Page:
Navajos, state update compact to help Navajo children

Albuquerque, New Mexico (AP) 9-07

The state and the Navajo Nation have updated an agreement to better define how they will work together to help Navajo children who are in foster care.

The agreement, which had not been revised in more than 20 years, is authorized by the 1978 federal Indian Child Welfare Act.

The law is intended to prevent Indian children from inappropriately being separated from their culture. It requires state foster care agencies to contact the child’s tribe when the child is put into state custody. The tribe then may intervene.

While the revised agreement between the Children, Youth and Families Department and the Navajo Nation includes no dramatic changes, it clarifies timelines for the process, better defines each side’s responsibilities and better explains how they will coordinate efforts.

“This is somewhat going to change our practice within CYFD,” said Bernie Teba, the Native American liaison for CYFD who crafted the agreement for the state.

Regina Yazzie, program director for the Navajo Children and Family Services, said she welcomes the revisions and lauded New Mexico for taking the lead on updating the agreement.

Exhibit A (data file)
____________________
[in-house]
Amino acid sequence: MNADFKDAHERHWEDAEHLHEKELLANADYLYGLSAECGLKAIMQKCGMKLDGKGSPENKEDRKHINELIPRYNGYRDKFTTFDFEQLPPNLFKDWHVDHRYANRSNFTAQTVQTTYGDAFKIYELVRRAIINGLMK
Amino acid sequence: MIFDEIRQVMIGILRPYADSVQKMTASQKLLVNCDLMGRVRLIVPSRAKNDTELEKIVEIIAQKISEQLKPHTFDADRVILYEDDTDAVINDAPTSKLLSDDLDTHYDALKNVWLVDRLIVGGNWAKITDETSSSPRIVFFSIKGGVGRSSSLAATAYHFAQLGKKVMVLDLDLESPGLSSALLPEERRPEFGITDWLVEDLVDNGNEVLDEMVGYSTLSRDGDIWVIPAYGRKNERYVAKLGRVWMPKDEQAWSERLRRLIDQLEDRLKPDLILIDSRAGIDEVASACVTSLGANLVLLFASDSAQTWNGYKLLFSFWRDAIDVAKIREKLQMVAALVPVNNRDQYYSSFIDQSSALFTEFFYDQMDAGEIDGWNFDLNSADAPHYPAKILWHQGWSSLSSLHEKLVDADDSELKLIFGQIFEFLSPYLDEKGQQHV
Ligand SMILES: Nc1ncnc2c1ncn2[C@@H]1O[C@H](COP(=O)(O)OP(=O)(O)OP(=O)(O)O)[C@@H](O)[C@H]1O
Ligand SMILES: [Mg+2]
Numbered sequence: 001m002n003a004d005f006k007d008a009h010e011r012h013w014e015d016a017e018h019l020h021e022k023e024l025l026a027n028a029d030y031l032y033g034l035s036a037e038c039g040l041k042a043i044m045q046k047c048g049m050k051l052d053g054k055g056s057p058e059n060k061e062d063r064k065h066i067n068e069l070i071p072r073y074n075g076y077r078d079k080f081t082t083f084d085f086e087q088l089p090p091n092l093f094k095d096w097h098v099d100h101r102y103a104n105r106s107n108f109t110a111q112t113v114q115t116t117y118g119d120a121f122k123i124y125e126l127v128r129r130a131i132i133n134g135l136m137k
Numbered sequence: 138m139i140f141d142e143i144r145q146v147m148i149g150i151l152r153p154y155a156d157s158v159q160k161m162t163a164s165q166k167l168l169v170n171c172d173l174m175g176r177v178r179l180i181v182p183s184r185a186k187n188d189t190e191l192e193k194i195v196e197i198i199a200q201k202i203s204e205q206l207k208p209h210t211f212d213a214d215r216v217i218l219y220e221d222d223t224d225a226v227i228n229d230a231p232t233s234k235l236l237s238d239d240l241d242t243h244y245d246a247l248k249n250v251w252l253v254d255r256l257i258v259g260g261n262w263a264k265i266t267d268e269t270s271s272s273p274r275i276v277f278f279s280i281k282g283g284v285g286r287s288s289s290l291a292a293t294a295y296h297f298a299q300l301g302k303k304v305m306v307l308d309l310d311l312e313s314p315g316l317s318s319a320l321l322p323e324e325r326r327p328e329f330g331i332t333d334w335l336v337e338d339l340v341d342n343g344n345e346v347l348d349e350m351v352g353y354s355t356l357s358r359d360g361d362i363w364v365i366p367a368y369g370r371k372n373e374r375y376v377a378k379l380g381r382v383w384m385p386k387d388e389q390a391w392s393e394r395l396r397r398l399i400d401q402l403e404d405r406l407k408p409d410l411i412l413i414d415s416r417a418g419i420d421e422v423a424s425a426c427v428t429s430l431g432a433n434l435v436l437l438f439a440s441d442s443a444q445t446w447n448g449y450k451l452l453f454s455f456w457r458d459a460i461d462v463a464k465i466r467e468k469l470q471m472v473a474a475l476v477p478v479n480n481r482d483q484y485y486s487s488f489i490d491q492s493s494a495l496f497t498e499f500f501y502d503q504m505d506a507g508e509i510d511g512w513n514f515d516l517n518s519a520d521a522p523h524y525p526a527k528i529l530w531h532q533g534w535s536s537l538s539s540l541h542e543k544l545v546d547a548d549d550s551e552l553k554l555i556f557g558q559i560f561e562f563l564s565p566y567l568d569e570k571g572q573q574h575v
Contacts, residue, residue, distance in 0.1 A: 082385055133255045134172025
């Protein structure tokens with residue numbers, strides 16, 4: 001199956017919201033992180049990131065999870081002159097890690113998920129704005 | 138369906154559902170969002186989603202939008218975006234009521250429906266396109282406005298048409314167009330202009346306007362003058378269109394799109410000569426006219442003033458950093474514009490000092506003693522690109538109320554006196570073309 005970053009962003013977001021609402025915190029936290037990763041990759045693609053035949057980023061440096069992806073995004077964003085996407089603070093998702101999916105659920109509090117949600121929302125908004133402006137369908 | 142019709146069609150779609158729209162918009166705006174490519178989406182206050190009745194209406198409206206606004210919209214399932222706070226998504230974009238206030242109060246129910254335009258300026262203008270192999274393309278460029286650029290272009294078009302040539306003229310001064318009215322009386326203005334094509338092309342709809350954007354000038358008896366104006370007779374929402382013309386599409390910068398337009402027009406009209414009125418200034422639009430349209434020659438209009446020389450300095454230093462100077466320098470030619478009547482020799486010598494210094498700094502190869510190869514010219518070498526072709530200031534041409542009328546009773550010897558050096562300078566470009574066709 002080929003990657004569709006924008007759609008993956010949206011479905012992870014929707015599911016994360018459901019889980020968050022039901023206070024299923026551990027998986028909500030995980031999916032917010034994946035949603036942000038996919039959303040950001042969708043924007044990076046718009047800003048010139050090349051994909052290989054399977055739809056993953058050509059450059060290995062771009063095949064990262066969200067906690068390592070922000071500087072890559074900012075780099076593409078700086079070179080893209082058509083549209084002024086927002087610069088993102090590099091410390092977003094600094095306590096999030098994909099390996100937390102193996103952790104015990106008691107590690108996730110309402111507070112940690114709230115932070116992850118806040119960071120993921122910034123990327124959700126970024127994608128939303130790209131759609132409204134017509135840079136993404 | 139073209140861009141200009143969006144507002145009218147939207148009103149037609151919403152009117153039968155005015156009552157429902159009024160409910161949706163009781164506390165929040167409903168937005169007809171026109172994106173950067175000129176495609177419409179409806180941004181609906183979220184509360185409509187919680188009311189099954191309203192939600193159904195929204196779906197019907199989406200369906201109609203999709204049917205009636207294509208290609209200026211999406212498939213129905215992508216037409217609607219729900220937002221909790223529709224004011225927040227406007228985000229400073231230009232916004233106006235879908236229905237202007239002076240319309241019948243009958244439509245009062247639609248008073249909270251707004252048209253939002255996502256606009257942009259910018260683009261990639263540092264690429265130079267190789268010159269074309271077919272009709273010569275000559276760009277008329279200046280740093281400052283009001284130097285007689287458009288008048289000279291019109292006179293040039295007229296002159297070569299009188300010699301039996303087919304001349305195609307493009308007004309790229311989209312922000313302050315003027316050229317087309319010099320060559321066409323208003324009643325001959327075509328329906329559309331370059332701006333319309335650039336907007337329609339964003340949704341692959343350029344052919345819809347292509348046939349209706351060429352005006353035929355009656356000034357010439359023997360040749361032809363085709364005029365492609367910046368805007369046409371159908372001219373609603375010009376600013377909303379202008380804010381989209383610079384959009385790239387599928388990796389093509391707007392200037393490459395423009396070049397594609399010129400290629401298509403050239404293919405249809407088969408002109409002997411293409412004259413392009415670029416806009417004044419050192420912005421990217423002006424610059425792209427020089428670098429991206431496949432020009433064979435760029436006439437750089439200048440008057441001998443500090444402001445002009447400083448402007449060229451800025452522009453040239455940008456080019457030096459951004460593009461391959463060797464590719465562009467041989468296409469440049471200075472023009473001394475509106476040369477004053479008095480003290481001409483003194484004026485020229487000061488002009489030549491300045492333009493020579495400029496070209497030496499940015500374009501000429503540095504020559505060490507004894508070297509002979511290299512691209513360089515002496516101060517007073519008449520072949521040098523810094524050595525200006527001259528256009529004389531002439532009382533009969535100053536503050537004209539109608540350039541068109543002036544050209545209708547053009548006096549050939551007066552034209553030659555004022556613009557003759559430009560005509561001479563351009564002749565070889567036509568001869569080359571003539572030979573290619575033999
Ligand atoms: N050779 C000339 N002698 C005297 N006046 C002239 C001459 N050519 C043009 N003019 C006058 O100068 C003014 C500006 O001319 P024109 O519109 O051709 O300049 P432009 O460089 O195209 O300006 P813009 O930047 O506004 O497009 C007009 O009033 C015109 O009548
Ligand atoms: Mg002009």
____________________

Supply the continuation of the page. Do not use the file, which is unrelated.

But she cautioned that it’s too soon to know how well the revisions will work.

“It comes down to training and awareness of what is required,” she said.

About 276 Navajo children are in foster care across New Mexico, Yazzie said.

Under the new agreement, the state must contact the Navajo Nation within 24 hours by fax or phone if a child believed to be Navajo enters the foster care system. A follow-up written notice must be submitted within five days.

“We’ve been somewhat lax in that area,” Teba said.

The agreement also defines the preferences in care for a Navajo child either for foster care or adoption as being, in order, returning the child to the family of origin, placement with a Navajo family, placement with an Indian family other than Navajo or placement with a non-Indian family approved by the Navajo Nation.

Training on the revisions is expected to begin soon in the counties where the Navajo population is highest, including San Juan, McKinley, Cibola, Sandoval and Bernalillo counties.

The agreement involved 22 months of give-and-take work between the Navajo Nation and the state. Eight of the other 21 tribes in New Mexico also are reviewing similar revised agreements, Teba said.

“We believe we have a very good model to work with,” he said.

Information from: The Albuquerque Tribune,